The Cost of Mother’s Cigarettes

Driving around with Mother, he could always tell when she was on the verge of being down to her last cigarette. Not just because the pack—well-worn and practically decimated—would be prominently displayed in the middle of the dashboard for all to see, but because she would develop a certain antsiness that infected anyone else around her. Usually, that was Umberto, who accompanied her everywhere she went…whether he wanted to or not. That was part of their unspoken “deal.” The one where Umberto got to live rent-free for life in exchange for playing the Norman Bates role that seemed inevitable anytime an infantilized, overly coddled adult male remained at his mother’s house for too long. Usually, as a direct result of his parents’ own enablement. Or, if we’re being totally honest, just the mother’s.

Like most child-free women-turned-matriarchs, Minerva, whose memorable moniker suited the combative goddess after which she was named, didn’t set out to stifle her son. Mothers never do. It just sort of “happens.” Over time. Watching them grow up from impetuous little boys to even more impetuous little men, it’s as though a mother simply can’t believe her eyes when she sees the “grown-up” in front of her. Even though it is she who “raised” him. But the raising of boys tends to be so laissez-faire and disinterested that a mother can scarcely be surprised when her “pride and joy” turns out to be not so independent at all. When he, instead, turns out to be the leech that won’t cease to suck until she’s bled dry. Minerva was starting to feel like she had been on life support for the past ten years (Umberto was now thirty years old, with no sign of any intention to ever leave her side), and that maybe someone ought to finally pull the goddamn plug already. She wanted to be free. And if she couldn’t be in life, then maybe death was the only solution.

Although that was often how Minerva felt as a result of her own faulty parenting skills, she had, by the same token, become dangerously reliant on Umberto’s presence—constant as disappointment and dissatisfaction. As though she might simply cease to exist if he ever miraculously managed to find a way to leave. But of course he wouldn’t. How could he? The only way would be, by some source of divinity, if he managed to attract the interest of a woman who could compel him to change. Minerva knew, however, from her own experience as an erstwhile young girl, that no one could ever possibly take an interest in her son. Not only did he have the face of a monster (one that made the Beast in Beauty and the Beast seem positively fetching), but he wasn’t even rich to make up for it. Would never be able to spoil any ragazza with lavish gifts to compensate for his doltish and clumsy nature. His utter lack of refinement in any way, shape or form. And, of course, Minerva shuddered to think of his skills (or lack thereof) in the bedroom. Though she was aware, dimly, of how deft he was in the art of “self-abuse,” being subject as she was daily to his various indiscreet grunts and groans through the wall.

All of these thoughts about her contempt for Umberto and his inability to become a fully-formed adult had to be pushed aside in order for her to focus on what was truly important as she drove like a madwoman down the traffic-laden streets: finding a tabaccaio. Immediately. For she could feel the lack of nicotine in her bloodstream affecting her very cognitive function, and all as Umberto complained of everything. How he was hungry, how he needed to go to the bathroom, how Minerva’s slow, meticulous driving was making him crazy. But no, it was Umberto that was making Minerva crazy, and if she didn’t gain access to a cigarette real veloce, she couldn’t be held accountable for her actions, including, but not limited to, filicide.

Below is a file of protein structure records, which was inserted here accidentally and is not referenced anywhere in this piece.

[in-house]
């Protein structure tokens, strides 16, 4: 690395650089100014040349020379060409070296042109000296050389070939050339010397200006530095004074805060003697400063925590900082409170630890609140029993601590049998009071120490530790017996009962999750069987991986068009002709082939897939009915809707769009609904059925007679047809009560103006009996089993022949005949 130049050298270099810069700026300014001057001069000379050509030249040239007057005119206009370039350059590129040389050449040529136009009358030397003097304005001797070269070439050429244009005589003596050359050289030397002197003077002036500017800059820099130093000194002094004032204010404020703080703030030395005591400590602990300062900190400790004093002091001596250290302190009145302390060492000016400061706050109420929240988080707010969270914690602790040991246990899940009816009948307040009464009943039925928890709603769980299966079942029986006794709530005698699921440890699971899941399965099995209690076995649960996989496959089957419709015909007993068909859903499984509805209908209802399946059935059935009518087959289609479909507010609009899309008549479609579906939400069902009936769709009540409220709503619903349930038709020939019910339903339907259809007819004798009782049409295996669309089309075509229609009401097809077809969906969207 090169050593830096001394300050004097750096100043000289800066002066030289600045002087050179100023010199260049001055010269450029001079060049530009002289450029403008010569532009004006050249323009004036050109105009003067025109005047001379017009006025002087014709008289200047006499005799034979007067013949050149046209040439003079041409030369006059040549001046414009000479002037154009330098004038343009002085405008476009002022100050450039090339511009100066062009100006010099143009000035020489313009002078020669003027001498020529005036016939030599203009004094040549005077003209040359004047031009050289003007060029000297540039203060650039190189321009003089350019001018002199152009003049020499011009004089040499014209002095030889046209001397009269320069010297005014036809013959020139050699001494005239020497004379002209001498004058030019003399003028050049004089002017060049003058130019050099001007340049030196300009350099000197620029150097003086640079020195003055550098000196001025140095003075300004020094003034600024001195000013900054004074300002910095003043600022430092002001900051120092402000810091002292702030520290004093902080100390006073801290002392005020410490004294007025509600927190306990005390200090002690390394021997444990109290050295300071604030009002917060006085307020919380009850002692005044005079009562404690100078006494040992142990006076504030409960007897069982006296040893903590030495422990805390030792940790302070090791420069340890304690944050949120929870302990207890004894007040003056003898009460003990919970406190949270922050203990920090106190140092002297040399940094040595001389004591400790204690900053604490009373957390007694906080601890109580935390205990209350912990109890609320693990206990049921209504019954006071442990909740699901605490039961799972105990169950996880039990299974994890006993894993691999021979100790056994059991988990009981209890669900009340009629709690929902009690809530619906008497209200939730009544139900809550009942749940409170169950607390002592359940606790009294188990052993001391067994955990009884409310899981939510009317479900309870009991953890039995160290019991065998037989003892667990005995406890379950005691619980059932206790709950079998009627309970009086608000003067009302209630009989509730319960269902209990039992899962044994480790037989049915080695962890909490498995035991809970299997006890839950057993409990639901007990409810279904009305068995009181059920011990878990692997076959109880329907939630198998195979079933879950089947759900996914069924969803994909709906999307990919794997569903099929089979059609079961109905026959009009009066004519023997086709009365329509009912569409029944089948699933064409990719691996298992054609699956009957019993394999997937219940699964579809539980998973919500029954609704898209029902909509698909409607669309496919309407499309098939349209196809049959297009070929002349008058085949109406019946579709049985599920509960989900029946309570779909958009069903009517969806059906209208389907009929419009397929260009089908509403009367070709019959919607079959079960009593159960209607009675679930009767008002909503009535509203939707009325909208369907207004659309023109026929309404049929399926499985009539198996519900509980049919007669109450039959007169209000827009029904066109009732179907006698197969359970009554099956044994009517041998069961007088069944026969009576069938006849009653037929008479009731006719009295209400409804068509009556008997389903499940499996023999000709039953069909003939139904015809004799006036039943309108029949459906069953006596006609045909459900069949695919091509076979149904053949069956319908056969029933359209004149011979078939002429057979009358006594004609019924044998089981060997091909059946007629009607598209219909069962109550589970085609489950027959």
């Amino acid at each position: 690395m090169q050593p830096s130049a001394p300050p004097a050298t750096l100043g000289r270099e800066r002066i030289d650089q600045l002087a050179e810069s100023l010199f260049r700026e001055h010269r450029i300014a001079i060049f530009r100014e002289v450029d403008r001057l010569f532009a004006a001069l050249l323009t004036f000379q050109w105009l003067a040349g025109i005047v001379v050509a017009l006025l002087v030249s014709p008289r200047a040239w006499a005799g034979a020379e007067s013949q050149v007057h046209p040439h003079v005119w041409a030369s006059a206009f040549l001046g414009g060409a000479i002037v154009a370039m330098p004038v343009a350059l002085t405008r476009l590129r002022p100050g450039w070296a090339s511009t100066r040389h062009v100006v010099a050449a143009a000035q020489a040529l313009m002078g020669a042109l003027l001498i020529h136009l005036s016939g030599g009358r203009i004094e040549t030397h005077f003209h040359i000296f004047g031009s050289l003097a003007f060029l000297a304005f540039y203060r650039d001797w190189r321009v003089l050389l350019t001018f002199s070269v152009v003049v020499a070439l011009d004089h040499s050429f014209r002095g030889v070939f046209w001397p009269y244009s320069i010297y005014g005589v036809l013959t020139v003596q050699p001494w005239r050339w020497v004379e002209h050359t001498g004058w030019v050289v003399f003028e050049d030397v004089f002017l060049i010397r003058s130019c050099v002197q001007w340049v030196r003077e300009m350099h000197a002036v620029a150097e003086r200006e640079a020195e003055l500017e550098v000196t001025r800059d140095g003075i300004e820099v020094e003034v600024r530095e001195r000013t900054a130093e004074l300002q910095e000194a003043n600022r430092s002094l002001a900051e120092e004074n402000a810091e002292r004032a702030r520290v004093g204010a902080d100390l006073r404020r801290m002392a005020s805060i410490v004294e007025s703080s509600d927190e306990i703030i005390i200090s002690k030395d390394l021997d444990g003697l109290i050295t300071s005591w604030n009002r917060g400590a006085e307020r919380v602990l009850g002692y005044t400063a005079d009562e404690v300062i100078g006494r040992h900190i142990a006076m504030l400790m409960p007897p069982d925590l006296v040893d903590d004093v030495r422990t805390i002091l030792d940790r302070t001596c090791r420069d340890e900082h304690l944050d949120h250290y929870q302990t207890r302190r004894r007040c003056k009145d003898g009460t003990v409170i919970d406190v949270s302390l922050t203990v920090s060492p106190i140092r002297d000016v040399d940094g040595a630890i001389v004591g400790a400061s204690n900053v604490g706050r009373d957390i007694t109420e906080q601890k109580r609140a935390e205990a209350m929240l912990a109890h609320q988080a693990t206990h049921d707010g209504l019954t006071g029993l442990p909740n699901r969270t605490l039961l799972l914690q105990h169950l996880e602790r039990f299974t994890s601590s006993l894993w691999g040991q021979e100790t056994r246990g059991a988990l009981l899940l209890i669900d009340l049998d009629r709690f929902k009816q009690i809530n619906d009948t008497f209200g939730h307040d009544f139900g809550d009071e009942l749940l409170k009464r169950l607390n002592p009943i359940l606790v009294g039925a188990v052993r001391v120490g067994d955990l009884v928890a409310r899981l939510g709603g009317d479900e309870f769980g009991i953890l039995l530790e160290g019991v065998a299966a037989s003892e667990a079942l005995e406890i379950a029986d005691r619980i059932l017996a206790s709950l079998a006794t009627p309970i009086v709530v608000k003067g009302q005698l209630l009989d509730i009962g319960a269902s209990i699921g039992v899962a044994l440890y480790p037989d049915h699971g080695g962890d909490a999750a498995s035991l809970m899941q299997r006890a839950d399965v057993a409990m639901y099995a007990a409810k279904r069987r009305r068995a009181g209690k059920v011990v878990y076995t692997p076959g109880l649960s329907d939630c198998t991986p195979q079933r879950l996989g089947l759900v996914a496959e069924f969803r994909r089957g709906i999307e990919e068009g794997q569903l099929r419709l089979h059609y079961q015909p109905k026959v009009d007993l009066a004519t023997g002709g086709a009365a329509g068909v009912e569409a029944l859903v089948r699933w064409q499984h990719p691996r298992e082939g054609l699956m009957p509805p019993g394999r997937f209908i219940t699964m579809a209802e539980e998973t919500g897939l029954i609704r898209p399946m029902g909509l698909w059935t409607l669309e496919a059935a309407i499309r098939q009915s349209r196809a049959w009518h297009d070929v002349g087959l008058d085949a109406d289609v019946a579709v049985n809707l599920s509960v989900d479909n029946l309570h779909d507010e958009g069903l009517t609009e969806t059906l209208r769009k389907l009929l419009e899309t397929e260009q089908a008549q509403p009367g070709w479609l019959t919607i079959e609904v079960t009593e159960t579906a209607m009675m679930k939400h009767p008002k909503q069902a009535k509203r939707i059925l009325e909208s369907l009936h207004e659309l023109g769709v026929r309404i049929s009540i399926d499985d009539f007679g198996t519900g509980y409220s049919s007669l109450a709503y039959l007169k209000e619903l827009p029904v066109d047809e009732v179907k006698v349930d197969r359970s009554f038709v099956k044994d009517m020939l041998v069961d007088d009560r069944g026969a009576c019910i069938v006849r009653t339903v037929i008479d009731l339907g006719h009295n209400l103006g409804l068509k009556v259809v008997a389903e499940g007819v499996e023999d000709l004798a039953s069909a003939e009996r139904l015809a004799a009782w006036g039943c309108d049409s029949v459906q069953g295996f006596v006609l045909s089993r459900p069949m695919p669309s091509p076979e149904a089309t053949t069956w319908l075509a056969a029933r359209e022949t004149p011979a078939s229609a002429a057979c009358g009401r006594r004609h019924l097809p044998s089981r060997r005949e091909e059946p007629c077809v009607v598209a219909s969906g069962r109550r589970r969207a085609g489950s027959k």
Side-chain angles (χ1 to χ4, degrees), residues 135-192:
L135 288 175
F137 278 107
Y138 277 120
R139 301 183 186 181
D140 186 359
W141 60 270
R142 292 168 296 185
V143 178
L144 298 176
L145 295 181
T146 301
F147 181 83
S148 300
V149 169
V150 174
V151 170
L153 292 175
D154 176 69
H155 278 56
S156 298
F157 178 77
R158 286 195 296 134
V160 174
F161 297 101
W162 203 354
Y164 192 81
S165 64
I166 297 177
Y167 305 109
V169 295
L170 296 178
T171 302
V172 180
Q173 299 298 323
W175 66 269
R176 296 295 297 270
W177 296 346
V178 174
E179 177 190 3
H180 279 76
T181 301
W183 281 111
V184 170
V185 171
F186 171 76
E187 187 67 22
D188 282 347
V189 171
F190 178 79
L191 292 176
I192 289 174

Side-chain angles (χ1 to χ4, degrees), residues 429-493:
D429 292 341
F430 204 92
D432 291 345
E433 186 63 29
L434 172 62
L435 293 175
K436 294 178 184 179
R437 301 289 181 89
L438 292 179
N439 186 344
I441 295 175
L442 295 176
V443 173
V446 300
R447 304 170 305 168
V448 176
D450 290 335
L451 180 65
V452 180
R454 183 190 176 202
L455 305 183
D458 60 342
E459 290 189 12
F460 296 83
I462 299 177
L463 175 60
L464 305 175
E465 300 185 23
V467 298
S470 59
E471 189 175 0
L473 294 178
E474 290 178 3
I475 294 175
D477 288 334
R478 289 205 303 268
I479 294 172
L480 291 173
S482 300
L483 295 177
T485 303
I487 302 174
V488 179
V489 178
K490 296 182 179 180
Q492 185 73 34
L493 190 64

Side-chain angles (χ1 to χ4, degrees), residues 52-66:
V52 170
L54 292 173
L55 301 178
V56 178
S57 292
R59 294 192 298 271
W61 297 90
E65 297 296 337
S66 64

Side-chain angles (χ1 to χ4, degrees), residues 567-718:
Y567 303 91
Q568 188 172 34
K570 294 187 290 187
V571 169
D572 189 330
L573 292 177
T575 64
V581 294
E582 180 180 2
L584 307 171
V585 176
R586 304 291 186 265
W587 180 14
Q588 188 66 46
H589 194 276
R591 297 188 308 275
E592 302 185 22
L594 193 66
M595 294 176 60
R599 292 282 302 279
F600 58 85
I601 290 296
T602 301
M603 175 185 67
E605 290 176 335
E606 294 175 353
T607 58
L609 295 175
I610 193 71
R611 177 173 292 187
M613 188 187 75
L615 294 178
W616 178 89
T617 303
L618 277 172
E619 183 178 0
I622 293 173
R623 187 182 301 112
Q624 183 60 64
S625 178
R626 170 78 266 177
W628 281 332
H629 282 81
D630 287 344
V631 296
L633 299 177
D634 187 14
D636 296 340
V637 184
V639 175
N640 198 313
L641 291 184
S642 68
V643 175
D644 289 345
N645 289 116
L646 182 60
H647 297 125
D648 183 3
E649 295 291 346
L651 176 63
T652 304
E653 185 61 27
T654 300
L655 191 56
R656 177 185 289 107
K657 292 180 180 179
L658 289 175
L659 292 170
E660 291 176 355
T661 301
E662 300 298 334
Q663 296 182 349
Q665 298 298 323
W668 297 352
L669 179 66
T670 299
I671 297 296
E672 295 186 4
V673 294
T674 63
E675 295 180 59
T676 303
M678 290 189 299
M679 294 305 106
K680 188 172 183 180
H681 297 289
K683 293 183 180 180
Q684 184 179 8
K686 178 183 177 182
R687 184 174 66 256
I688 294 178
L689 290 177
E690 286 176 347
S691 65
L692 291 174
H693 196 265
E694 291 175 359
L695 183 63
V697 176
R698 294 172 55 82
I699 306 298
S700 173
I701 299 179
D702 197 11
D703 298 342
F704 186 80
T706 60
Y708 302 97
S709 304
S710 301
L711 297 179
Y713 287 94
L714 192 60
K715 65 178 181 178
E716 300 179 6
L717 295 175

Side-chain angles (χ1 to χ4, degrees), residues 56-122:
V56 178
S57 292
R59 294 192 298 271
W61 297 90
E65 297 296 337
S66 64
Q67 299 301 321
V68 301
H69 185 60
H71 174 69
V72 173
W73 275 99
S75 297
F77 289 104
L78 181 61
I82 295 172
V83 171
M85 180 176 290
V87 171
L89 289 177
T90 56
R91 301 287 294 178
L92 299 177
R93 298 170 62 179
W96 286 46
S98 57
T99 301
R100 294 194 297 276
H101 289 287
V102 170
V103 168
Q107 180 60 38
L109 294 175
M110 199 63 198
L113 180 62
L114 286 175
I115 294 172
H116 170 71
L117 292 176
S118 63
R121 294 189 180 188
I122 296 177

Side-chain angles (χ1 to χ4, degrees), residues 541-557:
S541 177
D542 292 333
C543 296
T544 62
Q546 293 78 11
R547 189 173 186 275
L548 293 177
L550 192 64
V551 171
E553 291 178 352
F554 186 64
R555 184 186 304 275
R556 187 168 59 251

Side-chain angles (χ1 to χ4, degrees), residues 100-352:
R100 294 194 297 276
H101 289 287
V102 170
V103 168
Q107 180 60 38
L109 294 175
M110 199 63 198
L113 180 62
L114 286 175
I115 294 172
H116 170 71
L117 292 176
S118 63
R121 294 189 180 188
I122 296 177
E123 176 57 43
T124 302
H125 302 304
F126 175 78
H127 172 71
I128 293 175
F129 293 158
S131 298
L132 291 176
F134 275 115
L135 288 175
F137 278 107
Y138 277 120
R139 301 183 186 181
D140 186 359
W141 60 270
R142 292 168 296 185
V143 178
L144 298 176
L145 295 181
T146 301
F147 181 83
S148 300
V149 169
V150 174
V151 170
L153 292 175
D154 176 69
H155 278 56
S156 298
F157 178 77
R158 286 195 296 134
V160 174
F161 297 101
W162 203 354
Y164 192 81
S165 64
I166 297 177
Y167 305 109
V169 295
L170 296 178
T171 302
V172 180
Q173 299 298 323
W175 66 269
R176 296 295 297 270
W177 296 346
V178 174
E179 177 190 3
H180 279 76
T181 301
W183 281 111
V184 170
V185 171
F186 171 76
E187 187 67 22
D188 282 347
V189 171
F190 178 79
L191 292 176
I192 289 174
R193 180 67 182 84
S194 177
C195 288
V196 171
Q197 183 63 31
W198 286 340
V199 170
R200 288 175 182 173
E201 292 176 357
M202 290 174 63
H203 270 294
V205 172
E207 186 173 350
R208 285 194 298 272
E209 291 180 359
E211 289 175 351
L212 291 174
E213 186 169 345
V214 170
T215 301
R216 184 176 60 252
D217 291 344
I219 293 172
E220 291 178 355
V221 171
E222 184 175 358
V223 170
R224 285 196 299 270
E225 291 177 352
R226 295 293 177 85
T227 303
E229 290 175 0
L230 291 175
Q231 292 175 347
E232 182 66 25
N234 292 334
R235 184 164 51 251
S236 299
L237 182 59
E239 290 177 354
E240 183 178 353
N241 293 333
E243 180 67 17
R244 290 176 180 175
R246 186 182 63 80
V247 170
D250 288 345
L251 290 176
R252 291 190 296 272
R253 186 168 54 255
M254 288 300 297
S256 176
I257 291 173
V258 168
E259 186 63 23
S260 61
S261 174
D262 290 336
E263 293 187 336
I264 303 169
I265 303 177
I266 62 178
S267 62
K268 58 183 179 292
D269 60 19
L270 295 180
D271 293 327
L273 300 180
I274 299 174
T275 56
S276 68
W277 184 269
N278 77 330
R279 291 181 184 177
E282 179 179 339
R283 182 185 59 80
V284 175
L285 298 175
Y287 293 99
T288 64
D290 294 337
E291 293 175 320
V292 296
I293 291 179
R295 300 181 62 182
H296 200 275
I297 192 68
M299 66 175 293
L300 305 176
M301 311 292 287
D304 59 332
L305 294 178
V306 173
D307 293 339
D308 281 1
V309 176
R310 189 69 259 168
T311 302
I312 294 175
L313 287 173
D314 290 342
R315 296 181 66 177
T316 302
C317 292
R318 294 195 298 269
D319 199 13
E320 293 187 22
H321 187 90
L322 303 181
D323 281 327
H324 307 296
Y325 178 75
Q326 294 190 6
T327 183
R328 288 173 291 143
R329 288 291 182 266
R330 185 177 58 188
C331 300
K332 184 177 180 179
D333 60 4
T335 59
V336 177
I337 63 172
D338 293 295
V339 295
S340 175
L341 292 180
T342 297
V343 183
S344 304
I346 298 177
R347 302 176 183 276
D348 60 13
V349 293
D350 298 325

She screeched to a halt the second she saw an open tabaccaio, running in frantically while totally immune to the motor-mouthing river of shit Umberto continued to unleash upon her, threatening that he would walk home if she didn’t hurry. As if that were a threat. But of course, Minerva was aware of how horrified she would be knowing that Umberto had walked home, and so she did hurry. Did heed the command of her mutual oppressor. Alas, in her haste, she didn’t seem to notice that, on the way out, a man was lingering and lurking, unseen, behind one of the bushes. Waiting for someone just like her. Someone who so obviously had a purse full of money. It was only the aged who had anything of value anymore. Umberto knew that, too. This being a key part of the reason why he stuck around to continue to be taken care of. 

But who would take care of him now, he wondered, as he watched the delinquente throw his mother to the floor in such a severe manner that she landed right on the back of her head, blood slowly but surely pouring out of her like the albumen out of a cracked egg. Although Umberto knew he should have rushed out of the car to try to help, he also knew there was nothing he could do at this point as he watched the thief run off into the distance with her wallet. The only remains being the ravaged purse and Mother herself. 

Umberto had been frozen in shock for several minutes before he could finally unlock the door and approach Mother’s body, which had drawn a small crowd of concerned onlookers. As he found the will to forcefully move these strangers aside and claim her as his own, the sight of the freshly-bought, unopened pack of cigarettes was what finally prompted him to feel something as he burst into tears and proceeded to scream, “Mamma! Mamma! Perché mi hai lasciato?” Yet still, to his utter disbelief, Minerva could only lie there lifelessly in response, having left her son to his own devices. 


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